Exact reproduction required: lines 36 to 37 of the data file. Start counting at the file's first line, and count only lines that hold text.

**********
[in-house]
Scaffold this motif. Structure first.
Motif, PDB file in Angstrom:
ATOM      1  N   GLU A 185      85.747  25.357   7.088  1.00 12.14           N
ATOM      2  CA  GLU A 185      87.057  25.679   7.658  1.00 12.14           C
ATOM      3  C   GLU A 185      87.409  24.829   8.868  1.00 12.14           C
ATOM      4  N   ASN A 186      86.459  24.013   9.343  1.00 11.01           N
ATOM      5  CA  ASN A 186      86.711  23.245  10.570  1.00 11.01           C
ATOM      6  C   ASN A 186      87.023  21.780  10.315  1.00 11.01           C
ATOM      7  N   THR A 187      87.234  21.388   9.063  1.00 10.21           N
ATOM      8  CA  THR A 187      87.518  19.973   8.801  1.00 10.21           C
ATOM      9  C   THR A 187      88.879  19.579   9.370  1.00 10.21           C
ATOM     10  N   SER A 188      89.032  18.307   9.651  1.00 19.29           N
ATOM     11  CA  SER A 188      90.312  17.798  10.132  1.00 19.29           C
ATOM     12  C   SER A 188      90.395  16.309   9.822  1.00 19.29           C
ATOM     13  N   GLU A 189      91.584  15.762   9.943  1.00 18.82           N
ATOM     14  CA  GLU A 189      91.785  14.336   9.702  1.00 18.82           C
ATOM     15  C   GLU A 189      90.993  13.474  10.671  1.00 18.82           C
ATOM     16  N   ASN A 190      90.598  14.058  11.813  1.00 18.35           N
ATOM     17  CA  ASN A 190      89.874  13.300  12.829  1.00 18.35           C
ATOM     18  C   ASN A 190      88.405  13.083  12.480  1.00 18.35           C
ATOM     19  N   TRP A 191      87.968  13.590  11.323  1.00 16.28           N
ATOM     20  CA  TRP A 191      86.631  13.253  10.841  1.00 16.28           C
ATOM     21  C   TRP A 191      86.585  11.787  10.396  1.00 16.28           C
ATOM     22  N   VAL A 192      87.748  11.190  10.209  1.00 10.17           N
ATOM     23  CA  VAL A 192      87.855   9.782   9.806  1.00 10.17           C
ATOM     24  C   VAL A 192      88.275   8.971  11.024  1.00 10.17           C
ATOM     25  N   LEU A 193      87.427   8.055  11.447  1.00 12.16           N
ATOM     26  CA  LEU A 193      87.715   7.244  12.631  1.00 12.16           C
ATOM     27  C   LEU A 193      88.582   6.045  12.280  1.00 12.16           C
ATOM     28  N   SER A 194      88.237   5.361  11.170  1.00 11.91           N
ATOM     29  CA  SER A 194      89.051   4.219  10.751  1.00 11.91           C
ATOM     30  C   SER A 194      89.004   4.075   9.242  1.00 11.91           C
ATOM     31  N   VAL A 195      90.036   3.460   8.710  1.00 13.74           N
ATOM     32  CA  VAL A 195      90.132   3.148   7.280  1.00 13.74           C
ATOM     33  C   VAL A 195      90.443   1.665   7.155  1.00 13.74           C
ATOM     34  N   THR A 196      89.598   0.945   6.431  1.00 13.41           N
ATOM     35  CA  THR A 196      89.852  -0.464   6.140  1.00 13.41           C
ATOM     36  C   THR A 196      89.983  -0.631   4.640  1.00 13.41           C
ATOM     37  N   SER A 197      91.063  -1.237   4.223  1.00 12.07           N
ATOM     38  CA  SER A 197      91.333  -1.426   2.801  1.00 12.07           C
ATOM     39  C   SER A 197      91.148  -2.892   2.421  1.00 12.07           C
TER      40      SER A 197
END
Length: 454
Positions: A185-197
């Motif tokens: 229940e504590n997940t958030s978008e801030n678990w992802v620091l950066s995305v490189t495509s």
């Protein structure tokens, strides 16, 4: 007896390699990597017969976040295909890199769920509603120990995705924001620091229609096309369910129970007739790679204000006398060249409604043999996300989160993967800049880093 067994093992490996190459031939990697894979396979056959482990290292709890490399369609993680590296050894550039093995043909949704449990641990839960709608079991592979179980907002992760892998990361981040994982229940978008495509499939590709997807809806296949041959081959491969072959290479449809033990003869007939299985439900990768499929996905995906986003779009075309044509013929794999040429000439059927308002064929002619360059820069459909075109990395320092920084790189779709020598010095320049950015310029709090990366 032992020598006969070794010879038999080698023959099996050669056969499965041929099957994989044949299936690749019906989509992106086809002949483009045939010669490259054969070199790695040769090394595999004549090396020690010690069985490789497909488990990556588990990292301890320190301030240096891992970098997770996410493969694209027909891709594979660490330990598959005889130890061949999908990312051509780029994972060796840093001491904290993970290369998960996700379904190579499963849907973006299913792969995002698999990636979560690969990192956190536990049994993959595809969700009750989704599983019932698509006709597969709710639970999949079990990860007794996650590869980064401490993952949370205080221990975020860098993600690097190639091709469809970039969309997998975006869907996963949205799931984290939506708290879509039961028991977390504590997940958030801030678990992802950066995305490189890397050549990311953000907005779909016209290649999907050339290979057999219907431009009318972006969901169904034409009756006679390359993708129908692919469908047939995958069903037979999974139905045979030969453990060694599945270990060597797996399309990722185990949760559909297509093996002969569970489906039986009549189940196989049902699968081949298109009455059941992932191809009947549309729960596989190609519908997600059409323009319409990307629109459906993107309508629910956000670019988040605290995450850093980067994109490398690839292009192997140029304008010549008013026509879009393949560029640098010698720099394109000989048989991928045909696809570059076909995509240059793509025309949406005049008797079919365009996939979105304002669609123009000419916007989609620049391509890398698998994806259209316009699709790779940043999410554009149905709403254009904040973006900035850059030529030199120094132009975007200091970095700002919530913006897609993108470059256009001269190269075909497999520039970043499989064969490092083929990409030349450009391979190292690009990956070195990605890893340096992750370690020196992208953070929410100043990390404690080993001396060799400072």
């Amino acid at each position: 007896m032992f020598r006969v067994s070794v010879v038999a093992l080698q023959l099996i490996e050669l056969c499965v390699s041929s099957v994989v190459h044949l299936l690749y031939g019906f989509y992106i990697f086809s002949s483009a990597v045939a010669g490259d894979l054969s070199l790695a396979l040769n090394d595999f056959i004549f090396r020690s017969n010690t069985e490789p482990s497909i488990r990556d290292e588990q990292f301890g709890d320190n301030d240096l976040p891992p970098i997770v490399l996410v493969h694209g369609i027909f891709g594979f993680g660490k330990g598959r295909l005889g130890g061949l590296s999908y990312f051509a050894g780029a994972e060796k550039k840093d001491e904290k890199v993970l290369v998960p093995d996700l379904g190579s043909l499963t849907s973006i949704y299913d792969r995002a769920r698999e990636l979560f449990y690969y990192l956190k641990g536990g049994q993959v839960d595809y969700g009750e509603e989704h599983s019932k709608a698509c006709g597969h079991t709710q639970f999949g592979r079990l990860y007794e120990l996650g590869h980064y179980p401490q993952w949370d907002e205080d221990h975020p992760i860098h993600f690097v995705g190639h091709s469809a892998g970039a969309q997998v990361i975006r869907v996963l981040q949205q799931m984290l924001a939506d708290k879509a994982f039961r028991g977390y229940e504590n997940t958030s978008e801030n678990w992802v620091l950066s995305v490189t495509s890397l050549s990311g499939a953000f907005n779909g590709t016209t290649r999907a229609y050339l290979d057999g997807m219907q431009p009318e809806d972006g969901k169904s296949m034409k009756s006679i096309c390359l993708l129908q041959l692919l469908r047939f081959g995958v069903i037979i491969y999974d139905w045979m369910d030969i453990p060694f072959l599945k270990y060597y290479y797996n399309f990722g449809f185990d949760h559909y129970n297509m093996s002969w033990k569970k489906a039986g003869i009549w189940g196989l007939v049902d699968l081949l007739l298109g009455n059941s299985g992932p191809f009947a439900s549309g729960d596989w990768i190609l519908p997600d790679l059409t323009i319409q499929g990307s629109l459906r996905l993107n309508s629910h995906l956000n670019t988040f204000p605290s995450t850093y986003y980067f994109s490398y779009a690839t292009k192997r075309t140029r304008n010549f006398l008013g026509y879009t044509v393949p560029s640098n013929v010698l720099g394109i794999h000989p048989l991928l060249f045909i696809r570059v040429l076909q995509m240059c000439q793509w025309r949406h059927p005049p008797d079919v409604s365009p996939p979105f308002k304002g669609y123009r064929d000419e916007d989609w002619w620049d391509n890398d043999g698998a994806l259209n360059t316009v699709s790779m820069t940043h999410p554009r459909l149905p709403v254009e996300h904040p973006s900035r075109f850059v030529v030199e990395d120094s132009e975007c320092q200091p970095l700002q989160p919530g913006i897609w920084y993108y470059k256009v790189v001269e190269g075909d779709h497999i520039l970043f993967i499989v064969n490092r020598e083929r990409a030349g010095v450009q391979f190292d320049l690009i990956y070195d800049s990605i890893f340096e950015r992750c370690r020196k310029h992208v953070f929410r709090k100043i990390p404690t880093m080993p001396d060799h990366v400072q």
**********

ATOM     33  C   VAL A 195      90.443   1.665   7.155  1.00 13.74           C
ATOM     34  N   THR A 196      89.598   0.945   6.431  1.00 13.41           N